Sri Lanka churches hold first Sunday Mass services since Easter bombings

Prayers are said during a holy mass held to bless victims of the Easter Sunday attacks in Colombo, Sri Lanka Credit: AP

The Catholic Church in Sri Lanka has held the first regular Sunday Mass since the Easter Sunday suicide bombings of churches and hotels killed more than 250 people.

As services took place, military forces and police armed with assault rifles patrolled the streets leading to churches and stood guard outside the compounds.

Everyone entering religious sites was required to produce identity cards and be body searched.

A Sri Lankan Catholic couple prays at a church as they attend Sunday Mass. Credit: AP

Volunteers were stationed at the gates of churches to identify parishioners and look out for any suspicious individuals.

Parking was banned near the churches and officials urged worshippers to bring only minimum baggage.

A Sri Lankan solider secures the premises of a Catholic church. Credit: AP

Seven suicide bombers struck two Catholic churches and a Protestant one, and three luxury hotels in the attacks on April 21.

So-called Islamic State claimed responsibility for the bombings, which were carried out by a local radicalised Muslim group National Towheed Jamaar (NTJ).

An armed soldier stands guard outside St Lucia’s Cathedral during a holy mass for the victims of the attacks. Credit: Eranga Jayawardena/AP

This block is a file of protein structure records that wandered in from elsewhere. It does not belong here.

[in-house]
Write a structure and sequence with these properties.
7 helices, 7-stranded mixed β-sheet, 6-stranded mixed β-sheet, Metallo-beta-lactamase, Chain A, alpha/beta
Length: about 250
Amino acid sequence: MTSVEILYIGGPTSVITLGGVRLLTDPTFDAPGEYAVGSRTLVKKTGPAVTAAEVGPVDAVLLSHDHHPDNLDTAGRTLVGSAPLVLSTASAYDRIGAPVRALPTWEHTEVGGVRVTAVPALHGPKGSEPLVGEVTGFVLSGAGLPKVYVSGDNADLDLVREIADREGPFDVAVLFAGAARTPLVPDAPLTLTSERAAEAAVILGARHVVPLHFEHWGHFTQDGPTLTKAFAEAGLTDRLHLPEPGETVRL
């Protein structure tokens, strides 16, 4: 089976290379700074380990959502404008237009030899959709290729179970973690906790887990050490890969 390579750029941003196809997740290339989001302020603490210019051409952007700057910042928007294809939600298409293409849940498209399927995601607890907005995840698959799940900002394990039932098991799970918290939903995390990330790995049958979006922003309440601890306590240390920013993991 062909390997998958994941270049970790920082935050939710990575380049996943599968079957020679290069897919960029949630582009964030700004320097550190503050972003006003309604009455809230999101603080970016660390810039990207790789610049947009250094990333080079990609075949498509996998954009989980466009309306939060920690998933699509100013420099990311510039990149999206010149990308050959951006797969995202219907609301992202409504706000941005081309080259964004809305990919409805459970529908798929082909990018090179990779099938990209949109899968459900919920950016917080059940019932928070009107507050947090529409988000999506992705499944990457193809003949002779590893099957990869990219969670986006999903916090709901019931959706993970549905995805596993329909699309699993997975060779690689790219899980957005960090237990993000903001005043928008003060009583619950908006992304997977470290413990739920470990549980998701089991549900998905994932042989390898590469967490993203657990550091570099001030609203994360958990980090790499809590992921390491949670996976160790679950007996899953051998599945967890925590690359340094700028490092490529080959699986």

Sunday services were cancelled in the two subsequent weekends amid fears of more attacks, leaving the faithful to hear Mass via live TV transmission from the Colombo residence of Archbishop Malcolm Ranjith.

The cardinal led holy mass for the victims of the Easter Sunday attacks at St Lucia's Cathedral in the capital.

Church authorities are also considering the reopening of Catholic schools on Tuesday if they can be satisfied with security.

Cardinal Malcolm Ranjith addresses survivors during a holy mass on Saturday. Credit: AP

President Maithripala Sirisena said last week that 99% of the remaining suspects in the Easter attacks have been arrested and their explosive materials seized, and it is safe for tourists to return to the Indian Ocean island nation.

Police say two previously little-known radical Islamist groups – NTJ and Jammiyathul Millathu Ibrahim – conspired in the attacks.

Officials say Zahran Hashim, a vitriolic preacher from the country’s east, may have led the attackers and was one of the bombers to die.